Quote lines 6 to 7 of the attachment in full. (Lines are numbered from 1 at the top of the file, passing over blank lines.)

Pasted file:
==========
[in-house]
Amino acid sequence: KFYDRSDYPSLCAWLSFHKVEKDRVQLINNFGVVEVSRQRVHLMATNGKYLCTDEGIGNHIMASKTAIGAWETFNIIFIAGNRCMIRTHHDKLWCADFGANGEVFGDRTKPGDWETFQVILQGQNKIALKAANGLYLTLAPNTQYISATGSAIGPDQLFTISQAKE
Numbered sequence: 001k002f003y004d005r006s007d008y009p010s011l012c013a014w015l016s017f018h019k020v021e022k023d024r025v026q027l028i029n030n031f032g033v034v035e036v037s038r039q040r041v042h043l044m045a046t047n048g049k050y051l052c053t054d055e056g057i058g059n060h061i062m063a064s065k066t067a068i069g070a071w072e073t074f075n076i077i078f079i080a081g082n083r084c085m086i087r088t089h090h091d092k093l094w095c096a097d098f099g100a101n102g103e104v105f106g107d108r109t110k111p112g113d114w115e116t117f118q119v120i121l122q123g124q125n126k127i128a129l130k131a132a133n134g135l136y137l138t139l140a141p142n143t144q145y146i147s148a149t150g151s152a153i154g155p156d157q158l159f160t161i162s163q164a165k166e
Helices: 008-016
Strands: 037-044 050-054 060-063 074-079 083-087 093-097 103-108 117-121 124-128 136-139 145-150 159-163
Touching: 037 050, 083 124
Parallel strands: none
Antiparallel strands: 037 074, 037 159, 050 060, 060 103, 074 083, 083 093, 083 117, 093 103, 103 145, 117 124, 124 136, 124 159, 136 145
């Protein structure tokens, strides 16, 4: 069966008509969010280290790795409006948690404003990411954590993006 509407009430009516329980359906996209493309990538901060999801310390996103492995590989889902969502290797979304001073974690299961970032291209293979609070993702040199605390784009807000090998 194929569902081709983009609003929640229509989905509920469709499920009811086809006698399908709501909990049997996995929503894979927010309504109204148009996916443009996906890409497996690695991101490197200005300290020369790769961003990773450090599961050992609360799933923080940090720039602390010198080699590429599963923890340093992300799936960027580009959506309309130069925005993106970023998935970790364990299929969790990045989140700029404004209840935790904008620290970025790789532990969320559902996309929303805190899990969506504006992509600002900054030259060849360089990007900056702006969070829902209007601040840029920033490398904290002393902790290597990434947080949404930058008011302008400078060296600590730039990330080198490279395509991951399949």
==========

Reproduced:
Touching: 037 050, 083 124
Parallel strands: none